Female Catholic Chaplains?
Can a woman become a Catholic chaplain?
Yes and no.
Yes, in the sense that, in the secular world, the term chaplain is used to describe someone who is in charge at that organization for a particular group's spiritual care. In this case, it would be a situation where a layperson would be named "chaplain" by the organization itself (e.g., a hospital or prison). A woman can hold the role of a lay Catholic chaplain in such a scenario. However, neither she nor a male lay "chaplain" should ever attempt to fulfill a role that simulates the role of Catholic clergy.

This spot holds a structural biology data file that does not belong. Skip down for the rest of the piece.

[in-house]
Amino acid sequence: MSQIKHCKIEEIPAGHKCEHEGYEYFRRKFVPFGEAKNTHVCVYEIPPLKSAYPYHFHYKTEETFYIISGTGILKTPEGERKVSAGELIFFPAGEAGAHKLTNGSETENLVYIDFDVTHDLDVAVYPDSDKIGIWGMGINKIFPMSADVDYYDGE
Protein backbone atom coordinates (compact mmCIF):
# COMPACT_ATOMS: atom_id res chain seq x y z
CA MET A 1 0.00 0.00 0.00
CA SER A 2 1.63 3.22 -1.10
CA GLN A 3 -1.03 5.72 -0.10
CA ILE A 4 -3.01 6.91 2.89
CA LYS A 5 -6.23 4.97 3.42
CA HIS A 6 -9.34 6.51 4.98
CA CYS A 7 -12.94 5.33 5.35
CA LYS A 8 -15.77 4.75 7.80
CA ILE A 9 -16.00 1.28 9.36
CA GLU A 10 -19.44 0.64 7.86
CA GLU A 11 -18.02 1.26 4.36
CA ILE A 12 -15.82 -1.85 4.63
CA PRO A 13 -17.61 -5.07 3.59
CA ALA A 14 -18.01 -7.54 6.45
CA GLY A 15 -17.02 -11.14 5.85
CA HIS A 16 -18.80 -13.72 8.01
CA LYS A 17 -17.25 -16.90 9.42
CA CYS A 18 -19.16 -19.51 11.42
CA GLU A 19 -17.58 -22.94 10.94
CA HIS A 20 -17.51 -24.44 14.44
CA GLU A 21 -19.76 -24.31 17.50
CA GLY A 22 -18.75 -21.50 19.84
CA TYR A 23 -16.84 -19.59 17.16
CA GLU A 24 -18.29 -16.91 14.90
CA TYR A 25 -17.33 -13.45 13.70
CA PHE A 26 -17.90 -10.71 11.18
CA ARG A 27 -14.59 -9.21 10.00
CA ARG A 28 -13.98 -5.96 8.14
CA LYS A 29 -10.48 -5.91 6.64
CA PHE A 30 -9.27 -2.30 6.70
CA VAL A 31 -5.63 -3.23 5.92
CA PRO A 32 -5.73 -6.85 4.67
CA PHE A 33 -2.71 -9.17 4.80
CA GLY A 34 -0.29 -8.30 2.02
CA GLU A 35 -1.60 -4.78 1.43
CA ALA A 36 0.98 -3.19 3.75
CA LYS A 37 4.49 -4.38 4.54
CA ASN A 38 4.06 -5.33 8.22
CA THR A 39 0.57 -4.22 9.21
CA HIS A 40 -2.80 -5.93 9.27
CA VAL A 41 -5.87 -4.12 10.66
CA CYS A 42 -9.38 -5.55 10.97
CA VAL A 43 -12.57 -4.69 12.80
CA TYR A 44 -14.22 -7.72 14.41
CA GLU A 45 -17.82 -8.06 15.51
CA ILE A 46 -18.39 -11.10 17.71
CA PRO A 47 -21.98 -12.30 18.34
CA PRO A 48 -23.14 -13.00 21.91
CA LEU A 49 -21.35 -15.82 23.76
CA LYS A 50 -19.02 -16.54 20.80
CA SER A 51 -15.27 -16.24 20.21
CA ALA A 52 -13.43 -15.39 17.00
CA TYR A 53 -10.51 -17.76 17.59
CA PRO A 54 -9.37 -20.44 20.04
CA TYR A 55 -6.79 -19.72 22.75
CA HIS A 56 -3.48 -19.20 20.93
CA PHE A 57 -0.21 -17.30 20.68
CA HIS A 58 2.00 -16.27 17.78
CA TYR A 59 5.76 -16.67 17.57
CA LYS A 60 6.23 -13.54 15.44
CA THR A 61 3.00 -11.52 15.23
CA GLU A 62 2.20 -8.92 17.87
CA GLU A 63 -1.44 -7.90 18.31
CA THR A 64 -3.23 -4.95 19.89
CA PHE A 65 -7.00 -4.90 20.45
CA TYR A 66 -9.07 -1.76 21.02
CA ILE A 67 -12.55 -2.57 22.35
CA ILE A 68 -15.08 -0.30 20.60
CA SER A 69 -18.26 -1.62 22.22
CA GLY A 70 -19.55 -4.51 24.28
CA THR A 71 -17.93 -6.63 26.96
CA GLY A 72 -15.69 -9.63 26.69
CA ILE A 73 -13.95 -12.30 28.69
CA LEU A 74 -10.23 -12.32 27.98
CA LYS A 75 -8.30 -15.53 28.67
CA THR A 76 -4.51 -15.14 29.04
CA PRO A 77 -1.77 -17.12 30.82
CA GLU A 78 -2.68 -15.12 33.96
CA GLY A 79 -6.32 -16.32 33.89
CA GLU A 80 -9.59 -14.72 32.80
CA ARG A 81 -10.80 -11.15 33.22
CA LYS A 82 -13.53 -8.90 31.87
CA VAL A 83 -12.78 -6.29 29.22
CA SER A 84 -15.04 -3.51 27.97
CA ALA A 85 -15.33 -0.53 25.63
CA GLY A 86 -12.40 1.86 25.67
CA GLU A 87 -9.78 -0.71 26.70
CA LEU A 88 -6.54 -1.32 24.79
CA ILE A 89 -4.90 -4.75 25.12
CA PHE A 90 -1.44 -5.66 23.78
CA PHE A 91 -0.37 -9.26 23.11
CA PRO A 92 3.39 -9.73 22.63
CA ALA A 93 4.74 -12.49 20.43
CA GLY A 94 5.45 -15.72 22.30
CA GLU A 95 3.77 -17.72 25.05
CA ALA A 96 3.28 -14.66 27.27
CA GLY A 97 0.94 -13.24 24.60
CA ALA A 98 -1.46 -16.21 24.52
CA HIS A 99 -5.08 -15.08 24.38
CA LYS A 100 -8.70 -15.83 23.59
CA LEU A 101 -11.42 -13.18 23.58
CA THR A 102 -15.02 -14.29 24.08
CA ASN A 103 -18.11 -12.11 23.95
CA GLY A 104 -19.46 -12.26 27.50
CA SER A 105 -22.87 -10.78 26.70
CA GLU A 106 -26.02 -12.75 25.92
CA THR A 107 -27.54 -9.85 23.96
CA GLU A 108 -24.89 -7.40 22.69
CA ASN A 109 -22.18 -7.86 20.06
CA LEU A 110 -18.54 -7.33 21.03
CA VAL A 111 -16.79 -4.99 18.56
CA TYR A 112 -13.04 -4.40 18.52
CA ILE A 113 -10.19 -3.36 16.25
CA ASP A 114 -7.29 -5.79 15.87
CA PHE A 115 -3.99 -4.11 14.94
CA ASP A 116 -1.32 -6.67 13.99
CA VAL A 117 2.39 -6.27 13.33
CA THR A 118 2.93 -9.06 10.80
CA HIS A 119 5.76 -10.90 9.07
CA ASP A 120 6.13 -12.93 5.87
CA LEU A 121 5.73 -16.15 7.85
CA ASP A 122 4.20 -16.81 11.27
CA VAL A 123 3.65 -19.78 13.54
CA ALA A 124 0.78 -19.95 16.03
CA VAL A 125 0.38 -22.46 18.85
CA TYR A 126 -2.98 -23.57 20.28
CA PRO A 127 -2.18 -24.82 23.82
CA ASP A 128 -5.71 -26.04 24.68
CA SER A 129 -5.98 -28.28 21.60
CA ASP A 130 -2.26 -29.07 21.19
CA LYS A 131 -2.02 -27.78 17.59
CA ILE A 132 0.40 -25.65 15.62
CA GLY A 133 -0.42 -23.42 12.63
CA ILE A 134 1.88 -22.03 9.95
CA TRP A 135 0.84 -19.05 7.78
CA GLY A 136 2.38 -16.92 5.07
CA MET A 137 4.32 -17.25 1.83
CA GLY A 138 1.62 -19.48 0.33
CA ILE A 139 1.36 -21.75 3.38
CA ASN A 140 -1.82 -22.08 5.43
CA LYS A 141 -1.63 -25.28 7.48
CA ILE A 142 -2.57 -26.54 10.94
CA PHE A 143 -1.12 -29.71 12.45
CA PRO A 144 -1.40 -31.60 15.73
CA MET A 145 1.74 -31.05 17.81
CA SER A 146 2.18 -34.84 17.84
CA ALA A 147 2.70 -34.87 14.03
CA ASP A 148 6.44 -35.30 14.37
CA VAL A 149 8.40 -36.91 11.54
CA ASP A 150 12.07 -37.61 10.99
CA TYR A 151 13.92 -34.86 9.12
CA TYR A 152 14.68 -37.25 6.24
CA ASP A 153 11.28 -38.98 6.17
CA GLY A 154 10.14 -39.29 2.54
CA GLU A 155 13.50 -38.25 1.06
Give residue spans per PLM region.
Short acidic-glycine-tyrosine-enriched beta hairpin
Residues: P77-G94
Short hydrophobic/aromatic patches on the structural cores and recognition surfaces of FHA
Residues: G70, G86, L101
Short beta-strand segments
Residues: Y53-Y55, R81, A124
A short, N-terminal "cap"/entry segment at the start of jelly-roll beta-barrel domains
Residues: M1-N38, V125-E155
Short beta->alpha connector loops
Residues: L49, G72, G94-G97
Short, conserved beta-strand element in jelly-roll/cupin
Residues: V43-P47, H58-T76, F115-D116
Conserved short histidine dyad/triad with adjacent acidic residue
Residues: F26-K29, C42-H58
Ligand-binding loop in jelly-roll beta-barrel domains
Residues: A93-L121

No, in the sense that it would not be an official Church position. The Code of Canon Law (can. 564) defines a chaplain as a priest appointed by the local ordinary for the spiritual care of a particular group. It involves the granting of faculties and sacramental responsibility. To hold an official position as a chaplain within the Church, one must be a priest. Not even a deacon may be appointed a chaplain by the bishop.